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Wilhelm Hoffman was the name of supposedly a soldier in the 267th Infantry Regiment, 94th Infantry Division of the German 6th Army who chronicled the Battle of Stalingrad in his journal, and is cited in many documentaries and books concerning that topic.[1][2]

His journal provides a first hand account of what the German 6th Army was experiencing and how they were coping with the situation. Although it is limited in information because it only gives the account of one person, it is cosidered by many even today as one of the few unaltered German accounts to survive World War II. However, as time passed on, including the opening of the Soviet archives since 1991, it has been seen in a critical eye. Especially when his name is first mentioned in the 50's in Chuikov's book "The Road of Stalingrad" at page 267. And Adelbert Holl's account "An Infantryman In Stalingrad" contradicts Hoffmann's statements, and was considered by one Historian as Soviet propaganda.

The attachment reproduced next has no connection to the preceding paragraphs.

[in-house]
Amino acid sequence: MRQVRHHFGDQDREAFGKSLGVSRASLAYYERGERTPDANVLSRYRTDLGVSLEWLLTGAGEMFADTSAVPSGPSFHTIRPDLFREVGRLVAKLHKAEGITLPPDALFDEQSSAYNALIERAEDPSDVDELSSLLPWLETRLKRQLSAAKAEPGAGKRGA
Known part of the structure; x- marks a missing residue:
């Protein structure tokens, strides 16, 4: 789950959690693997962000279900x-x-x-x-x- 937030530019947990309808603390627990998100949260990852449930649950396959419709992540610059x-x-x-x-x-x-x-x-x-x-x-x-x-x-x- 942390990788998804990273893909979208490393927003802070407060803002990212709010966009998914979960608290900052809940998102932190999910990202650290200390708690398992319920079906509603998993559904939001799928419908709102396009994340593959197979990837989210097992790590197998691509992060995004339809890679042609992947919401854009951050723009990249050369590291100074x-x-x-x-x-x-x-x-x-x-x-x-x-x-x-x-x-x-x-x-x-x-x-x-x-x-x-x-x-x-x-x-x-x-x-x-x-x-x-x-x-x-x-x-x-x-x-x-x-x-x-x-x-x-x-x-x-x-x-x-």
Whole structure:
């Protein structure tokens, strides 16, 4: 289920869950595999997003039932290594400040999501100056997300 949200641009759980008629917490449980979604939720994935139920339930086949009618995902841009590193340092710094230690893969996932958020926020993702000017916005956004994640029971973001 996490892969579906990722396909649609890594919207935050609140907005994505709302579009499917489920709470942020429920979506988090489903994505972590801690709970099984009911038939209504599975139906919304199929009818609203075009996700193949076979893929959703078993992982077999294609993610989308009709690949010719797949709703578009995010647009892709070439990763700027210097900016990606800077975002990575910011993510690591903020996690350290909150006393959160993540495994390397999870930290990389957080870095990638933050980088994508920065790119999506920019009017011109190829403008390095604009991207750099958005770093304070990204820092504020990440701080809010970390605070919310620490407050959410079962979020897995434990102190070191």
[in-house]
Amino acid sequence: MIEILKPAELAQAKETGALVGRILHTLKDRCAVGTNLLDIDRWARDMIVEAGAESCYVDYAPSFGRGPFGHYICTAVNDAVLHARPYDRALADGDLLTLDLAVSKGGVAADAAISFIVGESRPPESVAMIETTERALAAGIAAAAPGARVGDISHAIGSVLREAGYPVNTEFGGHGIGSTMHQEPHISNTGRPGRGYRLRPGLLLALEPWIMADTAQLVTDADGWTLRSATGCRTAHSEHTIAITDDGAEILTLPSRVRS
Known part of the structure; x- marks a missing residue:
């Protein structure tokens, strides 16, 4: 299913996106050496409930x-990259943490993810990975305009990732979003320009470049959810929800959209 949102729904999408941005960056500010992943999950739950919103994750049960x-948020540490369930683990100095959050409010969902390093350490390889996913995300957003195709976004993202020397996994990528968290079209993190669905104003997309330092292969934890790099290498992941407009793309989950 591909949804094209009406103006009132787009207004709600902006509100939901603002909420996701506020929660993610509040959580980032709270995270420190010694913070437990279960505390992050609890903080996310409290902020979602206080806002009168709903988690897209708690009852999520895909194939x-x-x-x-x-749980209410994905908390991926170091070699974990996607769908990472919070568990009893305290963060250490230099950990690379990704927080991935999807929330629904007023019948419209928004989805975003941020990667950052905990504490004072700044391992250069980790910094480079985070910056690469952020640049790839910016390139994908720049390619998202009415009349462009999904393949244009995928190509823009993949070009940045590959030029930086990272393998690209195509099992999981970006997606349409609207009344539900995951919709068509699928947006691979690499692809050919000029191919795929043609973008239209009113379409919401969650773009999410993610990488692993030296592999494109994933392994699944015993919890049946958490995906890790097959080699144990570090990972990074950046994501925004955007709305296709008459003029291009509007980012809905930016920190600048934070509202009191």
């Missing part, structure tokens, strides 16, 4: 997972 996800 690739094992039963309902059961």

The most notable account used in both is the brutal six-day long battle between 16 and 22 September 1942 over a grain elevator where, according to him, only 40 Russian soldiers (he refers to them as "devils") were found dead in the elevator at the end of the engagement, while his battalion in comparison, suffered disastrously heavy losses. However, the grain factory was briefly captured by the germans, which is why the 88m guns were hesistant to fire upon the factory, where would not be logical to call them unstoppable "devils" if they could be pushed back briefly.

Notably, it's frequent use of the word "tommy gunner" is unheard of in german primary sources within Stalingrad, including Holl, a soldier who served in the 267th Infantry Regiment.

Sources

  1. Parts of his journal are cited in the documentary series The World at War (Episode 9, Stalingrad)
  2. Some parts are cited in the 1960s British magazine series History of the Second World War (Alan Clark, Stalingrad, Vol. 3 No. 9), published by Purnell and Sons.

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